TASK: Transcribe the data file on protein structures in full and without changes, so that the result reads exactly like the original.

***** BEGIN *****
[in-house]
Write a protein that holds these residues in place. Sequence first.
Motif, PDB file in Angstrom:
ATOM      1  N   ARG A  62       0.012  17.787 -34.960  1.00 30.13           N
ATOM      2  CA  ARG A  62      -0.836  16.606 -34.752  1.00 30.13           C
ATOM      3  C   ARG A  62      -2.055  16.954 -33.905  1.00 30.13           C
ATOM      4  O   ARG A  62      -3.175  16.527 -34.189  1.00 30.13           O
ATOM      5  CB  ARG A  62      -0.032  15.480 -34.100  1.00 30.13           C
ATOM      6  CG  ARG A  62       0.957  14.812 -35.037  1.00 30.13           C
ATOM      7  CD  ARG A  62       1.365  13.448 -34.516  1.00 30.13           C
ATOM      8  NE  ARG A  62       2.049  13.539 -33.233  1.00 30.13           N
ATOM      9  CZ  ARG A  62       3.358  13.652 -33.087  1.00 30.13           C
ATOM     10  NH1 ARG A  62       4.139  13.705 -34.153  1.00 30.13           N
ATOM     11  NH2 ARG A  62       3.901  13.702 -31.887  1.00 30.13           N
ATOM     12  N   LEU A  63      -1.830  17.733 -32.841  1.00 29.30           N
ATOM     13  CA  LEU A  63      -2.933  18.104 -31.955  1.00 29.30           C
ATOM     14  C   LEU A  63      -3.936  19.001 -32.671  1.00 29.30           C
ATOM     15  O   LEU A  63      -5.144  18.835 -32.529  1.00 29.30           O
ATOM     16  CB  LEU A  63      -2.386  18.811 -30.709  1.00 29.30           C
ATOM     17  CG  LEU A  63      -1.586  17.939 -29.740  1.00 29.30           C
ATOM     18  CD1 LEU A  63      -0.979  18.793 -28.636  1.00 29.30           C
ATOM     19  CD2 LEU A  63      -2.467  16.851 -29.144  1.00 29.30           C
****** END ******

[in-house]
Write a protein that holds these residues in place. Sequence first.
Motif, PDB file in Angstrom:
ATOM      1  N   ARG A  62       0.012  17.787 -34.960  1.00 30.13           N
ATOM      2  CA  ARG A  62      -0.836  16.606 -34.752  1.00 30.13           C
ATOM      3  C   ARG A  62      -2.055  16.954 -33.905  1.00 30.13           C
ATOM      4  O   ARG A  62      -3.175  16.527 -34.189  1.00 30.13           O
ATOM      5  CB  ARG A  62      -0.032  15.480 -34.100  1.00 30.13           C
ATOM      6  CG  ARG A  62       0.957  14.812 -35.037  1.00 30.13           C
ATOM      7  CD  ARG A  62       1.365  13.448 -34.516  1.00 30.13           C
ATOM      8  NE  ARG A  62       2.049  13.539 -33.233  1.00 30.13           N
ATOM      9  CZ  ARG A  62       3.358  13.652 -33.087  1.00 30.13           C
ATOM     10  NH1 ARG A  62       4.139  13.705 -34.153  1.00 30.13           N
ATOM     11  NH2 ARG A  62       3.901  13.702 -31.887  1.00 30.13           N
ATOM     12  N   LEU A  63      -1.830  17.733 -32.841  1.00 29.30           N
ATOM     13  CA  LEU A  63      -2.933  18.104 -31.955  1.00 29.30           C
ATOM     14  C   LEU A  63      -3.936  19.001 -32.671  1.00 29.30           C
ATOM     15  O   LEU A  63      -5.144  18.835 -32.529  1.00 29.30           O
ATOM     16  CB  LEU A  63      -2.386  18.811 -30.709  1.00 29.30           C
ATOM     17  CG  LEU A  63      -1.586  17.939 -29.740  1.00 29.30           C
ATOM     18  CD1 LEU A  63      -0.979  18.793 -28.636  1.00 29.30           C
ATOM     19  CD2 LEU A  63      -2.467  16.851 -29.144  1.00 29.30           C